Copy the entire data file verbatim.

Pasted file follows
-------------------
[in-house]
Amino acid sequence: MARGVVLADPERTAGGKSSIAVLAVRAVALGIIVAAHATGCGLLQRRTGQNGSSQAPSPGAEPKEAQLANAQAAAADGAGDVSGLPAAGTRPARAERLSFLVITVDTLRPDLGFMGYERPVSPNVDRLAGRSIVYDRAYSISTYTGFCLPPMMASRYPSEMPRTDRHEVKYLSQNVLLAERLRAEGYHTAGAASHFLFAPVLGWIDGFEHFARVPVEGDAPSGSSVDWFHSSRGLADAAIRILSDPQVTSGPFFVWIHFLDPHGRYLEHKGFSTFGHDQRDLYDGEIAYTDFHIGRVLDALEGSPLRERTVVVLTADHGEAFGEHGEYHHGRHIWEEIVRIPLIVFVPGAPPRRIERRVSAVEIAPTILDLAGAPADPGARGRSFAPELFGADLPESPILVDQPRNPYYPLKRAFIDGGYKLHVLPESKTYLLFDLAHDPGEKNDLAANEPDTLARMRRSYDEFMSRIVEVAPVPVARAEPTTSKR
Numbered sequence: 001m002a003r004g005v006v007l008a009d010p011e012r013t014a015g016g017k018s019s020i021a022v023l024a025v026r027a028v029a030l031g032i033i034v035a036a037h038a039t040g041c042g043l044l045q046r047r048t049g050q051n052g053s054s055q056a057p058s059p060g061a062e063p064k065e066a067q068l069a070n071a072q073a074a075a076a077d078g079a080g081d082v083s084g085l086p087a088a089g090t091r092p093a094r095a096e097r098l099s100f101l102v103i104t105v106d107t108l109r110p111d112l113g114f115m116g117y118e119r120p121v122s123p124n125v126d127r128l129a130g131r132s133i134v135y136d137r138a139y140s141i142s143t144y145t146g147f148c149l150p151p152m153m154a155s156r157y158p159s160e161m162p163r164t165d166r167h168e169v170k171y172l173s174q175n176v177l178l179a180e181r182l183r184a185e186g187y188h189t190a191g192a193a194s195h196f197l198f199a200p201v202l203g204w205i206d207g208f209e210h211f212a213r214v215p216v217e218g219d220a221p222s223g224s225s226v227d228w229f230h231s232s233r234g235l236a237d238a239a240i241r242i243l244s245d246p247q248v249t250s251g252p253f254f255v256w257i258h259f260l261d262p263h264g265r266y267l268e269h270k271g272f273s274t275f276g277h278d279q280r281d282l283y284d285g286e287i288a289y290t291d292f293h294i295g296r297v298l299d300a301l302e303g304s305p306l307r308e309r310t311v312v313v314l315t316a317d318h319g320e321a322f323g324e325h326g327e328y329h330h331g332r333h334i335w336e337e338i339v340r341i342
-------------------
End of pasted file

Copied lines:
[in-house]
Amino acid sequence: MARGVVLADPERTAGGKSSIAVLAVRAVALGIIVAAHATGCGLLQRRTGQNGSSQAPSPGAEPKEAQLANAQAAAADGAGDVSGLPAAGTRPARAERLSFLVITVDTLRPDLGFMGYERPVSPNVDRLAGRSIVYDRAYSISTYTGFCLPPMMASRYPSEMPRTDRHEVKYLSQNVLLAERLRAEGYHTAGAASHFLFAPVLGWIDGFEHFARVPVEGDAPSGSSVDWFHSSRGLADAAIRILSDPQVTSGPFFVWIHFLDPHGRYLEHKGFSTFGHDQRDLYDGEIAYTDFHIGRVLDALEGSPLRERTVVVLTADHGEAFGEHGEYHHGRHIWEEIVRIPLIVFVPGAPPRRIERRVSAVEIAPTILDLAGAPADPGARGRSFAPELFGADLPESPILVDQPRNPYYPLKRAFIDGGYKLHVLPESKTYLLFDLAHDPGEKNDLAANEPDTLARMRRSYDEFMSRIVEVAPVPVARAEPTTSKR
Numbered sequence: 001m002a003r004g005v006v007l008a009d010p011e012r013t014a015g016g017k018s019s020i021a022v023l024a025v026r027a028v029a030l031g032i033i034v035a036a037h038a039t040g041c042g043l044l045q046r047r048t049g050q051n052g053s054s055q056a057p058s059p060g061a062e063p064k065e066a067q068l069a070n071a072q073a074a075a076a077d078g079a080g081d082v083s084g085l086p087a088a089g090t091r092p093a094r095a096e097r098l099s100f101l102v103i104t105v106d107t108l109r110p111d112l113g114f115m116g117y118e119r120p121v122s123p124n125v126d127r128l129a130g131r132s133i134v135y136d137r138a139y140s141i142s143t144y145t146g147f148c149l150p151p152m153m154a155s156r157y158p159s160e161m162p163r164t165d166r167h168e169v170k171y172l173s174q175n176v177l178l179a180e181r182l183r184a185e186g187y188h189t190a191g192a193a194s195h196f197l198f199a200p201v202l203g204w205i206d207g208f209e210h211f212a213r214v215p216v217e218g219d220a221p222s223g224s225s226v227d228w229f230h231s232s233r234g235l236a237d238a239a240i241r242i243l244s245d246p247q248v249t250s251g252p253f254f255v256w257i258h259f260l261d262p263h264g265r266y267l268e269h270k271g272f273s274t275f276g277h278d279q280r281d282l283y284d285g286e287i288a289y290t291d292f293h294i295g296r297v298l299d300a301l302e303g304s305p306l307r308e309r310t311v312v313v314l315t316a317d318h319g320e321a322f323g324e325h326g327e328y329h330h331g332r333h334i335w336e337e338i339v340r341i342